Citigroup Inc. investors approved a reverse stock split as Chief Executive Officer Vikram Pandit said the plan, along with a renewed dividend, will attract more investors to the New York-based bank’s shares.
“These actions open doors for more potential investors to buy in,” Pandit said today in remarks prepared for the company’s annual shareholders meeting in Manhattan. “Some institutional investors will not buy stocks that trade at less than $10 or $5 per share or that do not pay a dividend.”
Investors voted to approve the reverse split, elected all the company’s nominees to the board of directors and rejected shareholder proposals including one that would require an independent review of internal foreclosure controls.
Some attendees at the Hilton hotel called on Citigroup to buy back shares and work to increase the current price instead of carrying out the reverse stock split and dividend payment. Shares have fallen almost five percent so far this year.
Citigroup, ranked third by assets among U.S. lenders, plans to convert every 10 common shares into one new common share at the close of trading on May 6 and start paying a dividend of 1 cent a share in the current quarter.
“Cut expenses, take the proceeds and reduce the shares outstanding,” said Vincent Russo from Eastchester, New York, who said he owned about 55,000 shares. “Not a reverse split. That’s the easy way out.”
Other shareholders were concerned that the split wouldn’t reduce volatility as Pandit said, and that short-sellers would drive back down the price.
“There’s a conspiracy out there against Citi,” said Russell Forenza of Ridgewood, New Jersey, who said he owns more than 20,000 shares. Short-sellers borrow shares and sell them in anticipation of buying back at lower prices, pocketing the difference as profit.
Citigroup’s stock tumbled to about $1 during the financial crisis, and the company suspended dividends as it struggled to stay afloat. The shares sold for $4.55, a decline of 2 cents, as of 4 p.m. in New York Stock Exchange composite trading.
Pandit, 54, steered the company back to profitability after losses tied to subprime home loans forced it to seek a government bailout during the financial crisis. The bank’s capital plan passed a Federal Reserve review earlier this year, clearing Citigroup to resume a one-cent dividend and repurchase stock.
Plea for Buybacks
“There’s no guarantee that the reverse stock split will achieve any of our goals,” said Mario Milelli from Morristown, New Jersey, who said he was a former employee of Smith Barney. “Why can’t we use the massive cash flow that’s generated on a quarterly basis to buy back shares?”
Pandit asked shareholders during a question-and-answer session for “just a little bit of patience” on share buybacks, citing the need to be “in line with where the world is going with capital requirements.” Regulators in the U.S. and internationally are pushing banks to hold more capital as a cushion against another financial crisis.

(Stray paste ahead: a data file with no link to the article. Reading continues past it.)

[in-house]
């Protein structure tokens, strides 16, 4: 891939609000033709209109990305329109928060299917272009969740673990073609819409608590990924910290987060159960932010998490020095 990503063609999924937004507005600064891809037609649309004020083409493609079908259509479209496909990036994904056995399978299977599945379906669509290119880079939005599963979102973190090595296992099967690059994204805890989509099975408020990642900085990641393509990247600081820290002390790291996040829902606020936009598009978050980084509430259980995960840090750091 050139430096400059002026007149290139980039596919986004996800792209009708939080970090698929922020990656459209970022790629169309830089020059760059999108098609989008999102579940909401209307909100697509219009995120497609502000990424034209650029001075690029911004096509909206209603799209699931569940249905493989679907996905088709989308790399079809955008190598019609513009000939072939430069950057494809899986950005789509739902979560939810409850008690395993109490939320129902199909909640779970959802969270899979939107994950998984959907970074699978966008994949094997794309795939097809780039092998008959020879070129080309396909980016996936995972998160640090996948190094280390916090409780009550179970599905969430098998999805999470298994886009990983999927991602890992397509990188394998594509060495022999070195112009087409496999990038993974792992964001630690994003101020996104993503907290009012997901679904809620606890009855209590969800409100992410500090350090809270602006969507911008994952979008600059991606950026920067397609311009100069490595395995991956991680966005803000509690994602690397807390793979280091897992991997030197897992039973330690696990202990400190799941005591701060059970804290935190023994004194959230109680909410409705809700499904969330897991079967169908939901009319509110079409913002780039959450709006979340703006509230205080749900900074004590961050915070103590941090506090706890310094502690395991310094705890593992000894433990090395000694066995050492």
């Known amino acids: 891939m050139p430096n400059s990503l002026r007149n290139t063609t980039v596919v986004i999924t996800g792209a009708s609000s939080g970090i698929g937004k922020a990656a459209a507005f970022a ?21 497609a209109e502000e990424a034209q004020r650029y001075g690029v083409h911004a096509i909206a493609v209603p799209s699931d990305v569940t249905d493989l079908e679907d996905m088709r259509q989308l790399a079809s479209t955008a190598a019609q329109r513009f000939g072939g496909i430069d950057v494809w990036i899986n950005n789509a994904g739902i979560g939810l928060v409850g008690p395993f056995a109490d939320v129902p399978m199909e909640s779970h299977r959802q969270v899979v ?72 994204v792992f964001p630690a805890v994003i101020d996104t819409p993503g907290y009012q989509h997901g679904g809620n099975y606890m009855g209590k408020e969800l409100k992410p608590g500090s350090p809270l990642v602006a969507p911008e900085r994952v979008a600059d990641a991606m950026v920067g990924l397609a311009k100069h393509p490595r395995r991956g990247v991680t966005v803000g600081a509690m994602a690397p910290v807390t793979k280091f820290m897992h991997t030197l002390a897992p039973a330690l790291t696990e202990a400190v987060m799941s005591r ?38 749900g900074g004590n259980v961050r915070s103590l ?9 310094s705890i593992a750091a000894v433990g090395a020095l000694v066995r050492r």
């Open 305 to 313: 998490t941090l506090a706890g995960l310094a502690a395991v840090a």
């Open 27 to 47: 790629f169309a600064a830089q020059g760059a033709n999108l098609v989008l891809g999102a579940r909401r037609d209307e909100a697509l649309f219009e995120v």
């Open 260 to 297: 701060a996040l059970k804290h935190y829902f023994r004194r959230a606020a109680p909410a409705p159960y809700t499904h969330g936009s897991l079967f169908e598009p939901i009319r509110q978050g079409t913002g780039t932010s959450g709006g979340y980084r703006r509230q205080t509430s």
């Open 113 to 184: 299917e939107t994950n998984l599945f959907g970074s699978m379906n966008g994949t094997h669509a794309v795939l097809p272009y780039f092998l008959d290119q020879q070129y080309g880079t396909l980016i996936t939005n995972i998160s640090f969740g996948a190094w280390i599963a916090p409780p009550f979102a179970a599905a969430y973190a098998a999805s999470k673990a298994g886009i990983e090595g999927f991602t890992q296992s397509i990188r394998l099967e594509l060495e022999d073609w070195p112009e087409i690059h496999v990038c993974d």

About 350 shareholders attended the four-and-a-half-hour meeting, which has served as a forum for small investors’ anger in the past. In 2009, about 1,500 shareholders attended a six-hour meeting and ISS Proxy Advisory Services, a shareholder consulting firm, recommended investors vote against four of the board members.
ISS, a unit of MSCI Inc., was this year in favor of all Citigroup directors, each of whom were re-elected with at least 88 percent of the vote, according to the bank’s general counsel Michael Helfer.
“The board has been almost completely reconstituted since the start of the global financial crisis in 2007,” according to the ISS report. “A significant number of Citi’s directors have financial services experience.”
Four directors, including Chairman Richard Parsons, former Alcoa Inc. CEO Alain Belda and Rockefeller Foundation president Judith Rodin, still faced opposition from Glass Lewis & Co, another consulting firm, for failing to ensure the bank’s risk controls were “robust enough” to withstand the subprime crisis.
The California Public Employees’ Retirement System, which controlled about 73 million Citigroup shares at the end of March, withheld votes for Rodin, who has served on the board since 2004. E-mails to Rodin, a director of the bank since 2004, were not returned. Wayne Davis, a spokesman for CalPERS, declined to comment on her re-election.
Glass Lewis also recommended against director Robert Joss because of a consulting agreement he holds with Citigroup which paid him $350,000 last year. He also received $262,500 in fees and stock and the bank does not consider him an independent director.
“Independence is very much a state of mind,” Joss said in a phone interview. “My engagement with the company is something I feel adds value and I enjoy doing and I think I’m making a contribution, but it’s not work I need.”
The vote rejected all the shareholder proposals including one from New York City Comptroller John Liu that the bank carry out an independent review of its foreclosure operations. Liu oversees about 62 million Citigroup shares as trustee of the New York City Pensions Fund. His proposal won 25 percent of the vote.
“It sends a strong message to the board,” said Mike Garland, executive director for corporate governance with the comptroller’s office. “They have not restored confidence in shareholders in what they have done with regard to oversight of the company’s response to the foreclosure process.”